Happy New Year! Yes, I know I'm about a week late with that, and it's even likely that hearing that phrase for the millionth time has the same effect as being presented with a fruitcake after (or even during) the holidays. But 2015 kind of went out for me with a crash and a bang ( health-wise) and a flare up of an old autoimmune condition as well as a possible fun new one too. So I'm kind of in reset mode, attempting to restore health through diet and lifestyle changes. It can all be a bit time consuming and maddening, especially thrown in on top of the usual mayhem of the holiday season. So, order to restore my sanity, and since nobody seems to know what exactly is causing all of this mischief at the moment, welp, I might as well get back to painting!
This is a work in progress, and the second version of this subject I started over the holidays. I never posted the first because it didn't live up to what I had in my head. So far this second one is closer, but still so far away. I have had a lot of stops and starts, so that may be part of the problem. I actually hesitated to post this one too, as I'm not sure if I will finish it or just start on something else altogether. I will keep going further with it to see where I can take it, but sometimes it can get pretty frustrating when your insides don't quite match up with your outsides ( I guess life imitates art after all!)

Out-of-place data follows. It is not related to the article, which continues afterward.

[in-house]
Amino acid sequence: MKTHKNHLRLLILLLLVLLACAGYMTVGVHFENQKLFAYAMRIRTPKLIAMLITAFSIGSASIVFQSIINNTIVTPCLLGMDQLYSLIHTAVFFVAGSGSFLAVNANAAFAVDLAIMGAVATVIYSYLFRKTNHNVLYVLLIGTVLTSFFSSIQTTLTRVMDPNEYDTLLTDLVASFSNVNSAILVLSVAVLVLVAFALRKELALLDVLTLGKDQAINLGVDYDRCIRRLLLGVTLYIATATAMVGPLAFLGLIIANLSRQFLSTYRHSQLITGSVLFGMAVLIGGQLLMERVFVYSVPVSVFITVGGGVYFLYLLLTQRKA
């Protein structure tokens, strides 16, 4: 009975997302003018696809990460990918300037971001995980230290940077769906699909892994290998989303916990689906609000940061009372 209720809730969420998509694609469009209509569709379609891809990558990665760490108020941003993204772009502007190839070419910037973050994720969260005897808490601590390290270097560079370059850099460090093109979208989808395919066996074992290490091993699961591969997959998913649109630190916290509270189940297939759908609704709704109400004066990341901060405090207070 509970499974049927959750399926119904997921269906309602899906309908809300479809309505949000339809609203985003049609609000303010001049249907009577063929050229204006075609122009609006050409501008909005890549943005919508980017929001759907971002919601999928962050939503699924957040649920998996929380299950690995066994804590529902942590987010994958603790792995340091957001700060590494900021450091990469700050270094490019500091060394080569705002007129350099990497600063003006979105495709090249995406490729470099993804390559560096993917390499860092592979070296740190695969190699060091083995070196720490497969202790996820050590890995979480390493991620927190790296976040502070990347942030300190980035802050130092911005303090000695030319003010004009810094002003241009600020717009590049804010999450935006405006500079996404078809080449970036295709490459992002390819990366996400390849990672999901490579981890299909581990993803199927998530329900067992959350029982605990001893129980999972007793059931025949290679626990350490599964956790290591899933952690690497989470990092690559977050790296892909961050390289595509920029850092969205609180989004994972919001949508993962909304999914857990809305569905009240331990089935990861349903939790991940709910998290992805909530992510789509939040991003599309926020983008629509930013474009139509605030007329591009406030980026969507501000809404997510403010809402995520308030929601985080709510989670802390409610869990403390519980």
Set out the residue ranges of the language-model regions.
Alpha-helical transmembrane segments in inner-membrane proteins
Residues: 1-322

Some while back, there was a video floating around on YouTube that featured a short talk by Ira Glass, public radio host of "This American Life", about this anxiety and discomfort that can accompany the Creative Process. He summed it up so perfectly I will share it here, as this seems to be a recurrent theme in my own creative life.
While Glass talks about these pitfalls as a beginner problem, I am here to tell you that it is something most creatives contend with periodically even if they've been at it a while. While what he says feels somewhat comforting, at times it can also feel like a curse. But deep down I know that I've been blessed by what art has given me, and that often the expansion of growth doesn't happen without some pain of contraction. It's just you can't stay there. As Glass says, the antidote is to fight your way through, make the art, and make a lot of it. In art as in life, there is ebb and flow, ebb and flow. And if we can weather the storms, there is the chance to begin anew.